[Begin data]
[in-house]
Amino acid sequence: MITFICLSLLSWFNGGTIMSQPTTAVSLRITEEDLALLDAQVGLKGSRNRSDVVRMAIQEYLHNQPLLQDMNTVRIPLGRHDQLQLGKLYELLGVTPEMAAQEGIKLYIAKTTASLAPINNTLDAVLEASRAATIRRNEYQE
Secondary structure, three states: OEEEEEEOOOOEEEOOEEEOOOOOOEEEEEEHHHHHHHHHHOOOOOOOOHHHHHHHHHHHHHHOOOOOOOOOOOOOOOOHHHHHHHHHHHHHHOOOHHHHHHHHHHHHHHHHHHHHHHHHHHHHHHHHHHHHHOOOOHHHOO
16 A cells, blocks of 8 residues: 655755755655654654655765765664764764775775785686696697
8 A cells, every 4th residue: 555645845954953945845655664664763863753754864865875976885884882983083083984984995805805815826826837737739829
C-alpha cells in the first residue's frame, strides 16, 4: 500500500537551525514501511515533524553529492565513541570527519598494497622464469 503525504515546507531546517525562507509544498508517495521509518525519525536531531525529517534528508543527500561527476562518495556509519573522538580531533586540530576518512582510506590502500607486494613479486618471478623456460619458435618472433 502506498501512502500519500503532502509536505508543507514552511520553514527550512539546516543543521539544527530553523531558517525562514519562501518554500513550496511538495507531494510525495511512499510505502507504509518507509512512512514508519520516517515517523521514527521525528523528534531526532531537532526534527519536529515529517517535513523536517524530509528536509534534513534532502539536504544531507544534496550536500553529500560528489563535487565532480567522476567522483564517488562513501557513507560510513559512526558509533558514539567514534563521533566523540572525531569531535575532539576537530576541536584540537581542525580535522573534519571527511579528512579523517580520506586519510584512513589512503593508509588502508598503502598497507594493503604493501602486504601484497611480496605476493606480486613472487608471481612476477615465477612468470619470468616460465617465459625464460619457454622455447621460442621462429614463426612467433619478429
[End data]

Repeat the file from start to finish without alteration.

[in-house]
Amino acid sequence: MITFICLSLLSWFNGGTIMSQPTTAVSLRITEEDLALLDAQVGLKGSRNRSDVVRMAIQEYLHNQPLLQDMNTVRIPLGRHDQLQLGKLYELLGVTPEMAAQEGIKLYIAKTTASLAPINNTLDAVLEASRAATIRRNEYQE
Secondary structure, three states: OEEEEEEOOOOEEEOOEEEOOOOOOEEEEEEHHHHHHHHHHOOOOOOOOHHHHHHHHHHHHHHOOOOOOOOOOOOOOOOHHHHHHHHHHHHHHOOOHHHHHHHHHHHHHHHHHHHHHHHHHHHHHHHHHHHHHOOOOHHHOO
16 A cells, blocks of 8 residues: 655755755655654654655765765664764764775775785686696697
8 A cells, every 4th residue: 555645845954953945845655664664763863753754864865875976885884882983083083984984995805805815826826837737739829
C-alpha cells in the first residue's frame, strides 16, 4: 500500500537551525514501511515533524553529492565513541570527519598494497622464469 503525504515546507531546517525562507509544498508517495521509518525519525536531531525529517534528508543527500561527476562518495556509519573522538580531533586540530576518512582510506590502500607486494613479486618471478623456460619458435618472433 502506498501512502500519500503532502509536505508543507514552511520553514527550512539546516543543521539544527530553523531558517525562514519562501518554500513550496511538495507531494510525495511512499510505502507504509518507509512512512514508519520516517515517523521514527521525528523528534531526532531537532526534527519536529515529517517535513523536517524530509528536509534534513534532502539536504544531507544534496550536500553529500560528489563535487565532480567522476567522483564517488562513501557513507560510513559512526558509533558514539567514534563521533566523540572525531569531535575532539576537530576541536584540537581542525580535522573534519571527511579528512579523517580520506586519510584512513589512503593508509588502508598503502598497507594493503604493501602486504601484497611480496605476493606480486613472487608471481612476477615465477612468470619470468616460465617465459625464460619457454622455447621460442621462429614463426612467433619478429